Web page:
B. first means for generating a start signal indicating the initiation of a startup period during which the motor under test draws starting motor current as it run up from zero to steady state operating speed;
C. second means triggered by said start signal to begin processing said current signal such as to identify any dip in amplitude of said starting motor current; said second means includes
(1) a converter for sampling said current signal at a predetermined sampling rate to obtain a time succession of analog current values over said startup period and converting said analog current values to digital current values, and
(2) a digital computer for storing said digital current values in a current signal data file, said computer including first assembly means for assembling from said current signal data file a current peak data file of the peak amplitude values of the AC current signal, and second assembly means for assembling a current derivative data file consisting of derivative values representing the differences in consecutive said peak amplitude values contained in said current peak data file;
D. third means included in said computer for scanning said current derivative data file for derivative values exceeding positive and negative threshold values; and
E. fourth means for indicating a broken rotor bar condition only when at least one of said derivative values in said derivative date file exceeds said negative threshold value before at least another one of said derivative values exceeds said positive threshold value during said startup period.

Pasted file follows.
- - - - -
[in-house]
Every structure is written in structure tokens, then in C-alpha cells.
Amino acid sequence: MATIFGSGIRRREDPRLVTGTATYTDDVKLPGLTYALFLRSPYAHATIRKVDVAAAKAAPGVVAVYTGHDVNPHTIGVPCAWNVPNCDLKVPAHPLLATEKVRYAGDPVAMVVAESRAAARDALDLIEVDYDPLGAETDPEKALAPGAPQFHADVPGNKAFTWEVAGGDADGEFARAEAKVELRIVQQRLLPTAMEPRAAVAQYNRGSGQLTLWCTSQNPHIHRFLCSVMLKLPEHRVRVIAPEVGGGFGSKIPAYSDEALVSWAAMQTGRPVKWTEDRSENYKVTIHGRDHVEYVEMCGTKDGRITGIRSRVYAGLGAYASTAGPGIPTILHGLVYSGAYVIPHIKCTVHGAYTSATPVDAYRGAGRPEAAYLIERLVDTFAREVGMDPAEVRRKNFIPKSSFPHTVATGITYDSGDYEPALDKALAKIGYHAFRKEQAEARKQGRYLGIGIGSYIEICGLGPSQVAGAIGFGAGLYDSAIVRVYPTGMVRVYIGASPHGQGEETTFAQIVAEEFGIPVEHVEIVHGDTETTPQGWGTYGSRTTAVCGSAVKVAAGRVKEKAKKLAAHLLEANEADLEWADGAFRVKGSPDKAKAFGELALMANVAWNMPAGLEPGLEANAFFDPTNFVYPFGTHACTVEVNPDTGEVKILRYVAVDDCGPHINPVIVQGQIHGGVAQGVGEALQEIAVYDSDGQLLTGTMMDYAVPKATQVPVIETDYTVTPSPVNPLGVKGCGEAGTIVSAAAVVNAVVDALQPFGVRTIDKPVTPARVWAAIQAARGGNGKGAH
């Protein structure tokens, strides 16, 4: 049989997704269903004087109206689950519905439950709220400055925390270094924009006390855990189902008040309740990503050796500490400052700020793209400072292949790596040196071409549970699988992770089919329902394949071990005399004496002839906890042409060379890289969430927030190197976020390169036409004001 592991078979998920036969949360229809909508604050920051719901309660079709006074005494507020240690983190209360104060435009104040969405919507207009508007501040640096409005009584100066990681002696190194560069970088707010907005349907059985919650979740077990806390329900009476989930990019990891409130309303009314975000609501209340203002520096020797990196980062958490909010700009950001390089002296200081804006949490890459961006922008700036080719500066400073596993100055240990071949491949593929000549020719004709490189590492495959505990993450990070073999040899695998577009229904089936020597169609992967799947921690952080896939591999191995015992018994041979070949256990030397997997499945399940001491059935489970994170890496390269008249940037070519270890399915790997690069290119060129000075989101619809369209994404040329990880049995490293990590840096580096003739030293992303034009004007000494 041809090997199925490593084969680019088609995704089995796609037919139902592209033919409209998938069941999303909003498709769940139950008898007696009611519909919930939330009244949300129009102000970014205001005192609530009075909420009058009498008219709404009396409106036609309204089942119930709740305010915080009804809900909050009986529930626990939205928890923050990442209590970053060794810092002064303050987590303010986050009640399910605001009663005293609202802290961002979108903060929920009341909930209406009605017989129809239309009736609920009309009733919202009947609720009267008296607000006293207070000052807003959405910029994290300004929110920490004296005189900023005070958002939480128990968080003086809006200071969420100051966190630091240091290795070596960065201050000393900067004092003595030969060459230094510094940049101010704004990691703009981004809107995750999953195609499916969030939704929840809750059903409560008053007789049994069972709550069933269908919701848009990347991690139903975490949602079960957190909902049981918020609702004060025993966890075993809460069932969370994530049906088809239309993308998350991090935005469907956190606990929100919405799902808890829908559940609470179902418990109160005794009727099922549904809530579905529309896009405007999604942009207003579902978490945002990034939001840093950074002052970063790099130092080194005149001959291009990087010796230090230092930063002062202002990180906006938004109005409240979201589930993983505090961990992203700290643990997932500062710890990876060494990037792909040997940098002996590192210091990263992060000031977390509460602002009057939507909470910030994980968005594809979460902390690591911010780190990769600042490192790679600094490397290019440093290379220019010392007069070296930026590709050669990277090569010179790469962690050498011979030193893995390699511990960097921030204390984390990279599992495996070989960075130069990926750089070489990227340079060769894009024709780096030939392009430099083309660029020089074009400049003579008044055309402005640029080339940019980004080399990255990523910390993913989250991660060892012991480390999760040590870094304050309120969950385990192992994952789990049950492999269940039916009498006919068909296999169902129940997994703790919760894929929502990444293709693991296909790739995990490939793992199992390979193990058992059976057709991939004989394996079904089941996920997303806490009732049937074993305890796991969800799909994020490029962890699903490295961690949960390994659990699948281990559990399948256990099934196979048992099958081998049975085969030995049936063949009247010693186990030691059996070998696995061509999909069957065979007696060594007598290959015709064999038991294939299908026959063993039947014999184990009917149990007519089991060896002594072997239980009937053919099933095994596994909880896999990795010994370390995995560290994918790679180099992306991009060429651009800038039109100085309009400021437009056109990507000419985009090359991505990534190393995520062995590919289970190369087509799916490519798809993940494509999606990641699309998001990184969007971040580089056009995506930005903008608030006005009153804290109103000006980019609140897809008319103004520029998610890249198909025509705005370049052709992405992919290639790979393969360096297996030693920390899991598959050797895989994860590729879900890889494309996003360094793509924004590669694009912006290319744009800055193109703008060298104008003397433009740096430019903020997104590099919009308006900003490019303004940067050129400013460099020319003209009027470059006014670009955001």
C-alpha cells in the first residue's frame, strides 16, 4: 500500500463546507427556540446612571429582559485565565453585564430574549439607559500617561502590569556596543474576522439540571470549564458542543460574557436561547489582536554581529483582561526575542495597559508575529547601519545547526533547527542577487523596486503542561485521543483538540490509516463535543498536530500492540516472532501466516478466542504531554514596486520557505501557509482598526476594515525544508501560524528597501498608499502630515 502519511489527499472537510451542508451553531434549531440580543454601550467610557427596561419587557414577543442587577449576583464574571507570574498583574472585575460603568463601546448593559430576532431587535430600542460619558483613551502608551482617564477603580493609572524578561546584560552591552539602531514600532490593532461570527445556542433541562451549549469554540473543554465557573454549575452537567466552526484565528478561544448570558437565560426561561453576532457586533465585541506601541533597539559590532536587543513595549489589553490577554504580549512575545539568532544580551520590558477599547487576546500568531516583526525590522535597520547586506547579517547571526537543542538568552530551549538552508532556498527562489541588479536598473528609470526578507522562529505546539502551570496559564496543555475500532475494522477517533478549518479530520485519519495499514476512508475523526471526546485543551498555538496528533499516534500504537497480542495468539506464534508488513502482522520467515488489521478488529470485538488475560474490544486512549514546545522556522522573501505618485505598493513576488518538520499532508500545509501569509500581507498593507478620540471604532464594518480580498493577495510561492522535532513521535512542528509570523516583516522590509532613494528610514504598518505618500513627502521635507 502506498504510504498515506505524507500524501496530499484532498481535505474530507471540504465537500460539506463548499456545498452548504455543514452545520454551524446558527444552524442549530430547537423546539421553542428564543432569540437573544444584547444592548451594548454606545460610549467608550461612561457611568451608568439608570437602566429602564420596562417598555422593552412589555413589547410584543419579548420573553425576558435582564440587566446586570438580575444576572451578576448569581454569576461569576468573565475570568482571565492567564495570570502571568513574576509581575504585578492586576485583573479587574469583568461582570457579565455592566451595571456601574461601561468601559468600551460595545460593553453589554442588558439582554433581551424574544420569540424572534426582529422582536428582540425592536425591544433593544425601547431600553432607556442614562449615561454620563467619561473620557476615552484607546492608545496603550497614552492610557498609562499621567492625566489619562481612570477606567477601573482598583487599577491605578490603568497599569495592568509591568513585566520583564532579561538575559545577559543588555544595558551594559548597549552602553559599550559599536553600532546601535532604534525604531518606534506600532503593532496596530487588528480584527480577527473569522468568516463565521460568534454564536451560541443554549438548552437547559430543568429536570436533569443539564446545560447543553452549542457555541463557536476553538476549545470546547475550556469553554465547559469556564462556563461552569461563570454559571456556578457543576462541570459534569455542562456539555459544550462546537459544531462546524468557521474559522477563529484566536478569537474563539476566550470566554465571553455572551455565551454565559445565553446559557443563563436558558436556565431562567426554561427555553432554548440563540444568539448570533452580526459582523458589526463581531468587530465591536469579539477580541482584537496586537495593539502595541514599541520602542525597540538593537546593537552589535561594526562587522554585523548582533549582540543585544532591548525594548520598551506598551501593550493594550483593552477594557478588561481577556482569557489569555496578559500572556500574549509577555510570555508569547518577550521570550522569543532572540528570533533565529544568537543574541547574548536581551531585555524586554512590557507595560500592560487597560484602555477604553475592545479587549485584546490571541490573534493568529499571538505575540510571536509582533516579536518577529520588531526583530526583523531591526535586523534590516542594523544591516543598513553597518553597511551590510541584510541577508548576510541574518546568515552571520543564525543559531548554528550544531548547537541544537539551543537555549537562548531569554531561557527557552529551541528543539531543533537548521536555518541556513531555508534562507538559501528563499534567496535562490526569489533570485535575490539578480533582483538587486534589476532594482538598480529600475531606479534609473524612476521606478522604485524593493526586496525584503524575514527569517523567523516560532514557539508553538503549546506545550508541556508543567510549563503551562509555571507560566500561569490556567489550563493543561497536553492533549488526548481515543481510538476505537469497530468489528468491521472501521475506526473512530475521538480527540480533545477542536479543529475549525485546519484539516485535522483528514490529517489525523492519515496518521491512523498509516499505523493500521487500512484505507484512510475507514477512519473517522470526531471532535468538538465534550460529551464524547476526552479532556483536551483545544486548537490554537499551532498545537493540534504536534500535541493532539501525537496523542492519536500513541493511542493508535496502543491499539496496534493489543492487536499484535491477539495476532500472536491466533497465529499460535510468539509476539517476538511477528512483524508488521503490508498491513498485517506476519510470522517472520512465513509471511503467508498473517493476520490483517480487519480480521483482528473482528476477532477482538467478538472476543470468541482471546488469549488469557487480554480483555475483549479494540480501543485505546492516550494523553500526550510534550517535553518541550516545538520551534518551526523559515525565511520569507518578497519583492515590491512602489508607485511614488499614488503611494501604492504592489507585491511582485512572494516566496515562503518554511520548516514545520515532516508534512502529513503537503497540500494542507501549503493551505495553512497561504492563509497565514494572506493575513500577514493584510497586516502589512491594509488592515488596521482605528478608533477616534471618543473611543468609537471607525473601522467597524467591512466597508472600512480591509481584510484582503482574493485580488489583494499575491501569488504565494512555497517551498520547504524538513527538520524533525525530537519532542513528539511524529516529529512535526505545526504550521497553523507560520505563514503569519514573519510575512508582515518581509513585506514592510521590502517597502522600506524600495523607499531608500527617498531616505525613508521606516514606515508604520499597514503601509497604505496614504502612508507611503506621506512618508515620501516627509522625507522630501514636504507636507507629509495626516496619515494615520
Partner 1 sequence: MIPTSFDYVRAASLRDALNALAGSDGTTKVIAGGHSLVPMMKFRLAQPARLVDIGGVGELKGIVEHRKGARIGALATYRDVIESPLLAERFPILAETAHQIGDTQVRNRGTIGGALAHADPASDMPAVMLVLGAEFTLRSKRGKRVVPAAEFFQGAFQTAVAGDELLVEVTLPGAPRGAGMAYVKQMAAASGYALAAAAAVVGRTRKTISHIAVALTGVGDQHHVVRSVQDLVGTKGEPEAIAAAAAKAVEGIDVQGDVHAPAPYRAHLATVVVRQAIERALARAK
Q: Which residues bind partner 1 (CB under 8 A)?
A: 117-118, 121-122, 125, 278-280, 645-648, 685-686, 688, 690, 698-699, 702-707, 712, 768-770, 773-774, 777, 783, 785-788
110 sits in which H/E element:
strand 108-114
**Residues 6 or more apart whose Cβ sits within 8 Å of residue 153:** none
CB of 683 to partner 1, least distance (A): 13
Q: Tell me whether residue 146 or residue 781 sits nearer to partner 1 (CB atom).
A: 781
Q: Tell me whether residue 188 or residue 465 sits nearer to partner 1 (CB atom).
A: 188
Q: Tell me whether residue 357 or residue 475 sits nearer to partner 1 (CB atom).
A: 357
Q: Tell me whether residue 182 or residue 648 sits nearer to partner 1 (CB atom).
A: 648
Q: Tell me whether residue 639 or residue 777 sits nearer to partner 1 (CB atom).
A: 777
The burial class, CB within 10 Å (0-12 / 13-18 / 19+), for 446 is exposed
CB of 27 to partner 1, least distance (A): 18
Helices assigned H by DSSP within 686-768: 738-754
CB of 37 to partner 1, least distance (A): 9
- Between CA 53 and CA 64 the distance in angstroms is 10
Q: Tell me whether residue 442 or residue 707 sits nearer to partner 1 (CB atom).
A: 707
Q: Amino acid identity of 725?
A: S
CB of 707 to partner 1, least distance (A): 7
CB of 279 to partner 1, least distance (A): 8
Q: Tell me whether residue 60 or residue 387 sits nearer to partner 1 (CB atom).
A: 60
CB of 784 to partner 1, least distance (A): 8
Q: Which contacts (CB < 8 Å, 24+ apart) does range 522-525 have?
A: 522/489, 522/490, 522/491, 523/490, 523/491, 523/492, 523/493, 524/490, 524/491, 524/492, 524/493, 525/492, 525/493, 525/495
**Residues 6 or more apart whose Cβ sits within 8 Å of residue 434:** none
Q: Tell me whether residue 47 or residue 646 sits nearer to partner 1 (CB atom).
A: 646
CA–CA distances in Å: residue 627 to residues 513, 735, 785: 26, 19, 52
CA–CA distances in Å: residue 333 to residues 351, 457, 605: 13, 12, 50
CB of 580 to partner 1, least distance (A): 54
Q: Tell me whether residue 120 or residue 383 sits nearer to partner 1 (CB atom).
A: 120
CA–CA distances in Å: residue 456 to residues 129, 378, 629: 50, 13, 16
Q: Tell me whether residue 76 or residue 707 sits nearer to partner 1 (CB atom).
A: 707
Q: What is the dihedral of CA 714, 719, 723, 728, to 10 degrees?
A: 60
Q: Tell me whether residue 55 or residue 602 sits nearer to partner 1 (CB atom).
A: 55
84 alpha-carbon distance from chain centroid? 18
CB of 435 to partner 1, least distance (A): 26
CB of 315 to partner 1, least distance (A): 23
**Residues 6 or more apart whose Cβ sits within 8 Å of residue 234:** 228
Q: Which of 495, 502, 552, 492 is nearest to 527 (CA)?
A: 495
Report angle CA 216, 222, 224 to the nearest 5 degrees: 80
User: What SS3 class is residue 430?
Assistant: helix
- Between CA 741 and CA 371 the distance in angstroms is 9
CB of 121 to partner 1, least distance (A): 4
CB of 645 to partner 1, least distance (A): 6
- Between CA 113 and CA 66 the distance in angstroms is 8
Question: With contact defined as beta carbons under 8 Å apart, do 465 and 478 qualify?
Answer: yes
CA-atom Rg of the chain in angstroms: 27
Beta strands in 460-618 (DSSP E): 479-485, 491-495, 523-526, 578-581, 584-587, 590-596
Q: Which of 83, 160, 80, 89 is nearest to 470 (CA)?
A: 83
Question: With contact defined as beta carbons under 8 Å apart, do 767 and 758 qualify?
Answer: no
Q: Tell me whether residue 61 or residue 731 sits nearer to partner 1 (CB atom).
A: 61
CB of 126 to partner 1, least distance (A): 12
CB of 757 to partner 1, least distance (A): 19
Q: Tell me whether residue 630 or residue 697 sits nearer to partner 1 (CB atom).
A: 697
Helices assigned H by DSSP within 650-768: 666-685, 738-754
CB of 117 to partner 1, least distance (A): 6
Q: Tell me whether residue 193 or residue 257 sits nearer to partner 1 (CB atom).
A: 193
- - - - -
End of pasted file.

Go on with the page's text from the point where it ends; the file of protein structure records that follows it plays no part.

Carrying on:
12. The apparatus defined in claim 11, wherein said second means further includes defining means for defining from said current signal data file the duration of said startup period, and generator means responsive to said defining means for generating an inspection window covering substantially the concluding half-portion of said startup period over which said derivative values of said current derivative data file are assembled by second assembly means.
Description

The present invention relates to the inspection of electrical motors and particularly to the detection of rotor faults in induction and synchronous motors.

BACKGROUND OF THE INVENTION

Both utility and industrial users of induction motors and synchronous motors equipped with starting/stabilization (amortisseur) cages have historically been concerned in finding reliable procedures for detecting rotor faults or "cage faults" before such faults exacerbate to the point of catastrophic motor failure. Obviously, such motor failures can force expensive shutdowns of factory production and in certain applications can have adverse safety implications.